Interview with Margo Berdeshevsky, Author of Kneel Said the Night

For the release of her book Kneel Said the Night, Margo Berdeshevsky spoke with intern Kaylee Young-Eun Jeong about the weaving of myth and reality, poetry and prose, to explore themes of temporality, spirituality, and womanhood.

Kaylee Young-Eun Jeong: You begin the first part of this book with an epigraph from Alice Notley: “To be dead grows on one, sweetly. Not knowing what time it is.” How do death and temporality influence the writing of Kneel Said the Night?

Margo Berdeshevsky: When did we see it coming? I know that I am afraid. And I hide it. And I can’t. So do you. I no longer know what time to call ours, or if we have lost our way in the literal and in the nonlinear. We are living, right now—in war time, in a time of yes, global ache. What time is it when fascism is rising in so many countries, and it is not the 1930s, it is now. With ugly aggression comes cruelty, and yes, death, and yes, fears, and lusts for power, and illnesses we cannot control, even as we try to love one another sweetly, and smell the rain, and believe in our own creativity, still.

When I was growing up, I often thought I was blessed to not be in a country at war. That wars were history, not our now. But I grew to understand that the wars and hatreds and ruins have never ended. They have only remerged, vermin from under old stones, and this is in our time. We try to pay attention to other things. Gardens. Sunrises. Music. Poetry. But the truth is what it is. As I write elsewhere in the book, “I am the woman who asks, how close is death, how near is God.” That question has been a deep personal and philosophical quest for me—from the past, and most certainly in the now I share with my fellow humans and yes, with readers. I try to imagine endings, and beginnings. So I wrote Kneel Said the Night with such consciousness in my being, of a world I can’t escape, as a woman, as a cynic with her eyes wide open to the world that is—and as one who still reaches out hungry for love, or sex, and that thing with feathers Emily Dickinson wrote of. “Hope.”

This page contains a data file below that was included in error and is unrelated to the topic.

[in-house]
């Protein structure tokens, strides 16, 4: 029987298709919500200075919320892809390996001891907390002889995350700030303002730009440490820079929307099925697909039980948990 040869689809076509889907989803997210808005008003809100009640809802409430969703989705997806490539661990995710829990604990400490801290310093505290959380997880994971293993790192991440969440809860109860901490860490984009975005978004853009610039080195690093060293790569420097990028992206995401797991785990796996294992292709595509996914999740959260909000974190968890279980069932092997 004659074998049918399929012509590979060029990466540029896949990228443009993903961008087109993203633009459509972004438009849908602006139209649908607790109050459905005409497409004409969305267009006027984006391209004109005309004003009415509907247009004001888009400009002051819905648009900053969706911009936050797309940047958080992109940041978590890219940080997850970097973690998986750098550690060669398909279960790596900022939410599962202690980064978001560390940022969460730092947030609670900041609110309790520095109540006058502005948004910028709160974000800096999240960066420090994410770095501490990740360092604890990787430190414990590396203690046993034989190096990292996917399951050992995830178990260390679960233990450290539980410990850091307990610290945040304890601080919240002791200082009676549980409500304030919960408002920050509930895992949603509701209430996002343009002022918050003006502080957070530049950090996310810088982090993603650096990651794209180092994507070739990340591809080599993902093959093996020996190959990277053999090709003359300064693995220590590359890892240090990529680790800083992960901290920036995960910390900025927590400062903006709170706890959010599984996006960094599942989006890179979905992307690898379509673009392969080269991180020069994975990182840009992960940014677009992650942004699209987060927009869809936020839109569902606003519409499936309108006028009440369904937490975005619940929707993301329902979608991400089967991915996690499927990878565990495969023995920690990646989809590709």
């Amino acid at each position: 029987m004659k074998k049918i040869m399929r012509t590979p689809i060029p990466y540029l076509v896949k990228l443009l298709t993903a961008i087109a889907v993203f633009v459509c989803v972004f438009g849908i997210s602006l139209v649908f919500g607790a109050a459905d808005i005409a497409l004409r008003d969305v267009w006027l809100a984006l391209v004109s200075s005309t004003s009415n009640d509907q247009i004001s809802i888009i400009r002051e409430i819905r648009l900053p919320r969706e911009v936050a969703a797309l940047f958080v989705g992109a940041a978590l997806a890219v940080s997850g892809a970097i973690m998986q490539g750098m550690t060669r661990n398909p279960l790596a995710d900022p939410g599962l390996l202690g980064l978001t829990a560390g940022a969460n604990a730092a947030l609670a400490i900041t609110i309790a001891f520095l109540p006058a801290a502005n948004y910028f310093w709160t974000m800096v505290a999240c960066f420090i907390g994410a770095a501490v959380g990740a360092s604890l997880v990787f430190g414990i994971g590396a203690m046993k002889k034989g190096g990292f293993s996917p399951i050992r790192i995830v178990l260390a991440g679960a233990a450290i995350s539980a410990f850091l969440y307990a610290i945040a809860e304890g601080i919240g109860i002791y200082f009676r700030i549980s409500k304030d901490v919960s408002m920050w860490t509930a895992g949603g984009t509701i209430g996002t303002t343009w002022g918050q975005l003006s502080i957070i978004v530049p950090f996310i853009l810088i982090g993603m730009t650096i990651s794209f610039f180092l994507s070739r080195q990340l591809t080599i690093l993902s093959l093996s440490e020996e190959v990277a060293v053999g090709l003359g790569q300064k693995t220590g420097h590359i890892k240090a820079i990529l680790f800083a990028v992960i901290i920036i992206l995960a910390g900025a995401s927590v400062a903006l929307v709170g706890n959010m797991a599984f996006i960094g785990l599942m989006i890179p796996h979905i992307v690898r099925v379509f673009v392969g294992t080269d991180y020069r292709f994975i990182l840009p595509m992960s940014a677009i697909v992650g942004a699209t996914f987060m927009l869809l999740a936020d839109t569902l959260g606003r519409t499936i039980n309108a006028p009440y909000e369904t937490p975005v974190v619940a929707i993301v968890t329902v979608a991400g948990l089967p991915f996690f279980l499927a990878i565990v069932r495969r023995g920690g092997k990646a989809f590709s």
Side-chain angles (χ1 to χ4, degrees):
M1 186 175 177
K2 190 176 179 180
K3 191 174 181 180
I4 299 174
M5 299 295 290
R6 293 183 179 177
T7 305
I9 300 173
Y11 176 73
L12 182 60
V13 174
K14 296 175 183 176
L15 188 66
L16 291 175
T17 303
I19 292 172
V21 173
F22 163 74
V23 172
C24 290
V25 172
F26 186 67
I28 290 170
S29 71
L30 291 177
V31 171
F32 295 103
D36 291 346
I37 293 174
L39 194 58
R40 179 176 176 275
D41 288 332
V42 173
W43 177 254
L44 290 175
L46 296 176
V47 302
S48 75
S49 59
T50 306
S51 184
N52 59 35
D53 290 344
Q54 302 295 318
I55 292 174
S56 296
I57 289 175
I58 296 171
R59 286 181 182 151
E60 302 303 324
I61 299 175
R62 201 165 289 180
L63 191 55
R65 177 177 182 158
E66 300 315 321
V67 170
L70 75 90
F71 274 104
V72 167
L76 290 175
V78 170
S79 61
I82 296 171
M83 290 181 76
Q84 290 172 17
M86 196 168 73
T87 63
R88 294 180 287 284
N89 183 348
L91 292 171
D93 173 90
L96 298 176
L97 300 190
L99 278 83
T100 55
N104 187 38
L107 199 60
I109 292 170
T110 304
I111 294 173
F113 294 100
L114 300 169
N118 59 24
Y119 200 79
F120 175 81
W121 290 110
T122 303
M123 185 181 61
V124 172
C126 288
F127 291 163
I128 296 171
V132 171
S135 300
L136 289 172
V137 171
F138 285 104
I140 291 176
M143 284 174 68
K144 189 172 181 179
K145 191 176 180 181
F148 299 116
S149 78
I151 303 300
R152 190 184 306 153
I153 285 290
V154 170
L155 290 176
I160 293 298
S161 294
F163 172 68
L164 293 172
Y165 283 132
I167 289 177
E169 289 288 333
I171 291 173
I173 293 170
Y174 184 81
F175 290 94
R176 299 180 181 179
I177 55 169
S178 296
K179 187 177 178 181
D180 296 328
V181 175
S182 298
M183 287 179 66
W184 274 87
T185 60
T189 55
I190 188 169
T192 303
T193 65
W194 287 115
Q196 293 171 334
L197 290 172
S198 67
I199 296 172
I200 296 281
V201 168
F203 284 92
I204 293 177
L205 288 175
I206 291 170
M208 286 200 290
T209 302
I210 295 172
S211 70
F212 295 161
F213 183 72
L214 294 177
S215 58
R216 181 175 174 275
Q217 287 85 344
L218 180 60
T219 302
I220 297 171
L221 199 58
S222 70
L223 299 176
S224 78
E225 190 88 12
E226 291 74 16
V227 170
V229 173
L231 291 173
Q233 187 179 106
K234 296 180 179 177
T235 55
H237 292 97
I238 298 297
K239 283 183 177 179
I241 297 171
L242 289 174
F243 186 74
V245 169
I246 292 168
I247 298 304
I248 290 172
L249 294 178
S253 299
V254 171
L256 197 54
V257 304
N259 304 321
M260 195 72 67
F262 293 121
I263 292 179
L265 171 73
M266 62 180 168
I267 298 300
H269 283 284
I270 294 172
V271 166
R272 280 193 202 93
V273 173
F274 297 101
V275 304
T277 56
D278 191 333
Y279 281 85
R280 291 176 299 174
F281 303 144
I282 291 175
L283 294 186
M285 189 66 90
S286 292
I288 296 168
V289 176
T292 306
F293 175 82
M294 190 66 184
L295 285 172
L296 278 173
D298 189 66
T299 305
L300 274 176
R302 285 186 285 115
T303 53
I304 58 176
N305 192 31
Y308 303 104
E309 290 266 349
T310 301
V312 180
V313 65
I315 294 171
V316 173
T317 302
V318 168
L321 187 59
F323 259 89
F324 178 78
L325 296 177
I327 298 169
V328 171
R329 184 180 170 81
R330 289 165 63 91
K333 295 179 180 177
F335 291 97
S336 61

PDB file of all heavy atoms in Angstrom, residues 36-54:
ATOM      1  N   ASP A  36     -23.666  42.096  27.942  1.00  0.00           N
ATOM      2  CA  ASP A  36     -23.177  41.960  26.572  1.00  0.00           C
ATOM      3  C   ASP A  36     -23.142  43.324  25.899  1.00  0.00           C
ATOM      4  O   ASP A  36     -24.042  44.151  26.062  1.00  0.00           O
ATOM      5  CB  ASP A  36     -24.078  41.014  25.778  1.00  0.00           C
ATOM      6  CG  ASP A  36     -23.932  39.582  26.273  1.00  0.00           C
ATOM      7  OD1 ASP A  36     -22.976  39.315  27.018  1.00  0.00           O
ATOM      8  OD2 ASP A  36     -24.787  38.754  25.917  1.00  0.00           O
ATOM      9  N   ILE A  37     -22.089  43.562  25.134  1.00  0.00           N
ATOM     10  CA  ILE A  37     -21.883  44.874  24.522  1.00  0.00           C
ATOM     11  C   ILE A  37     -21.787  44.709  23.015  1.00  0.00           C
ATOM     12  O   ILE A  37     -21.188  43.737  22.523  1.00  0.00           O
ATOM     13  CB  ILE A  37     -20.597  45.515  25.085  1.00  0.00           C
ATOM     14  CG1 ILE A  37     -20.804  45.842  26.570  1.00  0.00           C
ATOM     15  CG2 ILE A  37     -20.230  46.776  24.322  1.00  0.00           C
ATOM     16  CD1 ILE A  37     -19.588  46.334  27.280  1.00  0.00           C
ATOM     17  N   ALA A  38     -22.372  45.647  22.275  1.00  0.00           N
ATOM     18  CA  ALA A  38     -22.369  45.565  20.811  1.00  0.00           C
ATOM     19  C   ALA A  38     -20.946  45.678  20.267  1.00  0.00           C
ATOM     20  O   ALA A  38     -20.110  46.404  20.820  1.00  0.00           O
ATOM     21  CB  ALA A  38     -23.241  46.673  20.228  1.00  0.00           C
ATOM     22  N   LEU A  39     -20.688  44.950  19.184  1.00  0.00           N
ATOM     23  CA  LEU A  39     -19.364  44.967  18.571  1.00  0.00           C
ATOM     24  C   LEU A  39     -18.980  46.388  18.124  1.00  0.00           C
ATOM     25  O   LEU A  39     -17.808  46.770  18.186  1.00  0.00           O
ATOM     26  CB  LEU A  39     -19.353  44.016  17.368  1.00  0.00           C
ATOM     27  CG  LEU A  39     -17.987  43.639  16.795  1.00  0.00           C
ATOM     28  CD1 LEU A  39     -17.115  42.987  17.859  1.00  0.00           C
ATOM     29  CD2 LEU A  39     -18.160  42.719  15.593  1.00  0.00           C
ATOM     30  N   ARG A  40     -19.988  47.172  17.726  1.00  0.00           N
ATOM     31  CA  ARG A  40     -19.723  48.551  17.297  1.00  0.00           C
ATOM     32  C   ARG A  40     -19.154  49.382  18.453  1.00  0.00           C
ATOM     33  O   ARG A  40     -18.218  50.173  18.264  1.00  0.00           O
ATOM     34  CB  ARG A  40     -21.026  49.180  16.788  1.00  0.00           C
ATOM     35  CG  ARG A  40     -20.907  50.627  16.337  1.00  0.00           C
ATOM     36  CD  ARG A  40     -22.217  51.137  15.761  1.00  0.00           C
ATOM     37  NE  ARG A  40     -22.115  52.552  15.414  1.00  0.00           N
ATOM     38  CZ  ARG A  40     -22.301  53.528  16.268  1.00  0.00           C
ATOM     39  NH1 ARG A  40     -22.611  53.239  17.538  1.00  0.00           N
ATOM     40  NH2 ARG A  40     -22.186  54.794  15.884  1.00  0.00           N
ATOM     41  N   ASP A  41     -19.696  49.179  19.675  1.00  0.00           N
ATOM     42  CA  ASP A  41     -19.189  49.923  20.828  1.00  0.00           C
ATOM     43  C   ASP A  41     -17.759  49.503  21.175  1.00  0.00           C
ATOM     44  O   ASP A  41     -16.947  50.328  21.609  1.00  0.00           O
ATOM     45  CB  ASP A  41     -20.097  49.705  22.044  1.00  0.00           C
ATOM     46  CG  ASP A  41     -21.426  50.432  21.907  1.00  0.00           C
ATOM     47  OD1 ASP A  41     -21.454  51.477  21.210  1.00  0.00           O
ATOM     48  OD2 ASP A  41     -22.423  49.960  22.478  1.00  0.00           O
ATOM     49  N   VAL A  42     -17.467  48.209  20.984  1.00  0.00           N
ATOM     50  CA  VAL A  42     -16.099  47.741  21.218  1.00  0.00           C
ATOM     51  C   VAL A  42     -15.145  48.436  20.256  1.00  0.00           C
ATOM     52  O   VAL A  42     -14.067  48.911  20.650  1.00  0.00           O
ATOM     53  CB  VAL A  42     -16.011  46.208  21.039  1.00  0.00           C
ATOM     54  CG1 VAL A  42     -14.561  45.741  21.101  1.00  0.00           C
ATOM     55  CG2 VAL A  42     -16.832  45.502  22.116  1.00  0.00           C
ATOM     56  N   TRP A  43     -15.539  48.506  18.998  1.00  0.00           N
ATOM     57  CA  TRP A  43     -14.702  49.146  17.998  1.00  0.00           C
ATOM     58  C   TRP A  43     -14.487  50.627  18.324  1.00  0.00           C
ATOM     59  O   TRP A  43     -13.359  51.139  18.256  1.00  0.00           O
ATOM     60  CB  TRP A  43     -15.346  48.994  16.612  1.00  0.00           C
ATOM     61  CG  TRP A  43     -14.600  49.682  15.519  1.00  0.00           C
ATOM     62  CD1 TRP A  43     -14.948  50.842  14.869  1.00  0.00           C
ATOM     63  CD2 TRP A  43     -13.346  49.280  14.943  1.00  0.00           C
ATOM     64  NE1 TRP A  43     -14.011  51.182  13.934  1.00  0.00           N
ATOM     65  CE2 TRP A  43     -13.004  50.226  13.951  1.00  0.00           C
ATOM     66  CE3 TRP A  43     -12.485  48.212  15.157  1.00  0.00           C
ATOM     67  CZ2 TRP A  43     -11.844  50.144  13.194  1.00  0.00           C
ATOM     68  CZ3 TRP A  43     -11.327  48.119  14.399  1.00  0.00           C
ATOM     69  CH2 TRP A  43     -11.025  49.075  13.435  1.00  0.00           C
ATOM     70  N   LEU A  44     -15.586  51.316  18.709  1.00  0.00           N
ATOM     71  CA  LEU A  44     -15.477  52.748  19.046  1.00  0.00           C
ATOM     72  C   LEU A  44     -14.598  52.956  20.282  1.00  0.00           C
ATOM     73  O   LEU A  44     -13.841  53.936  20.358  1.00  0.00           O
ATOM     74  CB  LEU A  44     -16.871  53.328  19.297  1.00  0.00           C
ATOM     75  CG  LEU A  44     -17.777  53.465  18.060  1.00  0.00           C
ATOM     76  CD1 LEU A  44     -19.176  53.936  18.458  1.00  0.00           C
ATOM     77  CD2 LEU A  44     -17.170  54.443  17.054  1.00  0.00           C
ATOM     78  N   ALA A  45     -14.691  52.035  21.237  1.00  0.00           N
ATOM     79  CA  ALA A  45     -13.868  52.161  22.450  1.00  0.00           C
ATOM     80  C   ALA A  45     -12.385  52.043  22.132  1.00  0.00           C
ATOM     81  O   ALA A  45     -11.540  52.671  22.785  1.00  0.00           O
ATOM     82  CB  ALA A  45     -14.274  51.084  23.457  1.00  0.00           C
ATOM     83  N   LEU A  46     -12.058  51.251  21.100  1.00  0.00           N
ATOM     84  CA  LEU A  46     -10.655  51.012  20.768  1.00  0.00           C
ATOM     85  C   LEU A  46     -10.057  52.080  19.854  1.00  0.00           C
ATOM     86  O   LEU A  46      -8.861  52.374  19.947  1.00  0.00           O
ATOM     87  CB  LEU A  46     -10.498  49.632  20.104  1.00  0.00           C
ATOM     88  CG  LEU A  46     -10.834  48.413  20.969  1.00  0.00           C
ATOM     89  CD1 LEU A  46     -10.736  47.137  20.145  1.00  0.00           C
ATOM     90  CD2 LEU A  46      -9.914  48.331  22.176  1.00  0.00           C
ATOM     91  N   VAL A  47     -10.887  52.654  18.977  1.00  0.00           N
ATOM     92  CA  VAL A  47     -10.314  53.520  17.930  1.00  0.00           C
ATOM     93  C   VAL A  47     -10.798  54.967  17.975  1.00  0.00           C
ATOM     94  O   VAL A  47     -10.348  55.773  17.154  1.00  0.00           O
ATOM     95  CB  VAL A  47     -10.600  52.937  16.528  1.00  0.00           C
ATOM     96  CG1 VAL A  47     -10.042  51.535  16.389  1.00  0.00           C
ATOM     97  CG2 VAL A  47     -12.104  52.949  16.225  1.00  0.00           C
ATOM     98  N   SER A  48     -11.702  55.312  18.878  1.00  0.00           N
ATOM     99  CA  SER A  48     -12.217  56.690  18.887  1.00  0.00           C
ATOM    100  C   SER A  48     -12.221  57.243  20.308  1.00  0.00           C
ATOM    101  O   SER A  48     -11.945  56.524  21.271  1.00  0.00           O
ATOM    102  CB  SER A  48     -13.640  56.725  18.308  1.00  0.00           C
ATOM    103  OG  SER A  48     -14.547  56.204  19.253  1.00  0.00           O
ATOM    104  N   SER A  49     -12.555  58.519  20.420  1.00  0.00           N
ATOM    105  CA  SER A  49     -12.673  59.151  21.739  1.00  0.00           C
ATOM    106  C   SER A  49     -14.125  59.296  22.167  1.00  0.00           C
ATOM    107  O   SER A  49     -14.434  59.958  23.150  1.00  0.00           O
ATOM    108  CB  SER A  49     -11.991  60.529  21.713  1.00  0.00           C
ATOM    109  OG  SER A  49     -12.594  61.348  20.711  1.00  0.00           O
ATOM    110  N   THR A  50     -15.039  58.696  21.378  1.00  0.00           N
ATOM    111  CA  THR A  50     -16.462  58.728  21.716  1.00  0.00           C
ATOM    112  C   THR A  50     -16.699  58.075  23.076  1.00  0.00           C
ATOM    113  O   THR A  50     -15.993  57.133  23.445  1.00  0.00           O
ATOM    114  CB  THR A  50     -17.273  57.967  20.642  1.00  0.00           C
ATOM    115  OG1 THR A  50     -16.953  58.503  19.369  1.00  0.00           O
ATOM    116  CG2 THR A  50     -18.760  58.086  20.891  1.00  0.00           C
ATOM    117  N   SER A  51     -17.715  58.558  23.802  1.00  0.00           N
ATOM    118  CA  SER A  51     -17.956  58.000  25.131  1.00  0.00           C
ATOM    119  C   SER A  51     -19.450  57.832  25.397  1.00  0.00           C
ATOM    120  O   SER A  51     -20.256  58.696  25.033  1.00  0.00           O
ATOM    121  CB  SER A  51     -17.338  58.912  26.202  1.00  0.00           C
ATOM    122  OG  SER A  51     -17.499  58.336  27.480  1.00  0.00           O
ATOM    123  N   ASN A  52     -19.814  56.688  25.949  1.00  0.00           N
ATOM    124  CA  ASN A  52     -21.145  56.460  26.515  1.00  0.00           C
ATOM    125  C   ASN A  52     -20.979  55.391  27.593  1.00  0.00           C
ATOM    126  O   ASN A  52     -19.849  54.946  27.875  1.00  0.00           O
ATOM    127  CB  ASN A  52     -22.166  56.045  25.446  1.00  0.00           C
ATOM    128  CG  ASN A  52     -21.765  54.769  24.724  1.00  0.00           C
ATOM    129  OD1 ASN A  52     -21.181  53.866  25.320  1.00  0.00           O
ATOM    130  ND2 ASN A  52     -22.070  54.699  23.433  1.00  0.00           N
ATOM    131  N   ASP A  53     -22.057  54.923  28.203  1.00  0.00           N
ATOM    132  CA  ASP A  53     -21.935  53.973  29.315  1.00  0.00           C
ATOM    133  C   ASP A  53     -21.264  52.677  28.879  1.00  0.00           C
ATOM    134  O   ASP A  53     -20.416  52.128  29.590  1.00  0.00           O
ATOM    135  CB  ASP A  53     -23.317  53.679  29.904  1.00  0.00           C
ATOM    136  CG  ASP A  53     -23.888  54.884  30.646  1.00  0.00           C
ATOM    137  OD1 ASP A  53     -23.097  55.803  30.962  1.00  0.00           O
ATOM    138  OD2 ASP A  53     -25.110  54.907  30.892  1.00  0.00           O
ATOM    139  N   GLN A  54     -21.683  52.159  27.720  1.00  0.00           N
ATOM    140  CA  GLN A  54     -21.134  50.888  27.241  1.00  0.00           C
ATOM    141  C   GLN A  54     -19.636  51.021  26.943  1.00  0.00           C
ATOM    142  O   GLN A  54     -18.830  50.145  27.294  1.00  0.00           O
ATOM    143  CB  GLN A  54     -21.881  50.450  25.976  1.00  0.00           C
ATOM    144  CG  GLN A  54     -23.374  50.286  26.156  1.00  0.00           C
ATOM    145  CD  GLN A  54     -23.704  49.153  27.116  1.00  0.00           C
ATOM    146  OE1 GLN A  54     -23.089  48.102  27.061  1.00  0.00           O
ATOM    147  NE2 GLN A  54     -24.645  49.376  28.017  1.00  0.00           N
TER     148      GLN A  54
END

KYEJ: Tell me more about the way you move fluidly between first, third and even second person narration.

MB: The book, as I moved into it in the opening chapter, and later in the notes at the end, is what I call a book of “half notes.” Breaths. Fragments becoming a whole. So it made sense to me to speak in those several modes, first, second, third…as a way to embrace different points of view. Maybe facets of a shattered crystal, I could say. I wanted to build stories and poems that would break through different walls and doors. And to do so, I needed to find voice in the different characters and images. To move with a spatial and poetic prose and a harsher one, to an articulation and unexpected imagery—and to find a self, and characters that could live inside each.

KYEJ: How did you go about creating the hybrid genre of the book, moving from poetry to prose and in between?

MB: Poetry, prose, and images. Yes, they happen as a result of my larger thrust. I have a love for the hybrid approach as an artist in different mediums. I don’t like to be stuck in a single box, and I find it very interesting as a reader, and an image maker and a word maker, to break forms and expectations. That way I surprise myself, and, hopefully, the one who receives the work I can offer. As I wrote in response to a quote by Zora Neale Hurston, reiterated in the final notes at the end of the book: “The single hour cannot be—eternity. But here is its gathering—for the book that is in your hands, now.”

KYEJ: How did you select the pictures you used, and how would you want your reader to appreciate them within the context of the language?

MB: I’m a collector of my own images. I photograph, I draw, I collage, I layer, I hunt. Sometimes I have a piece of an image but I don’t yet know what I might do with it, it’s sitting on my table, or in my files, and then I wear a different hat or magic cape one morning. And I’m making a poem or a story and I remember that visual image and I go looking for it and it begins to morph in my hands as I see how it could accompany what I’m writing or have already written. I never use an image for mere show and tell. I use it to jog the way the words land. I like ambiguity, sometimes, and I like contrast, to invite left brain/ right brain side by side. As this book came together in its overall intention, I began to know what belonged and what to use, or not use. For that, I have an inner yes/no/yes—and I listen to it.

KYEJ: Tell me about your choice to use mythic, abstract elements in conjunction with more mundane aspects of ordinary life, such as gardening or texting a lover.

MB: I’m smiling as I answer this. Because all I can say honestly is: that’s just how my head works! I like collage. I like to mix. I’ve often been attracted to what is mythic and to the surreal. I’ve read and studied myths and different spiritual paths. I’m a rebel when it comes to “systems of belief.” I feel I need and want and have the freedom to pick what works for me at a given time. And to select something other, later, or next year. I’ve believed, and lapsed, and believed anew. And I’ve lost my way. But I don’t want to get locked in a box I can never get out of.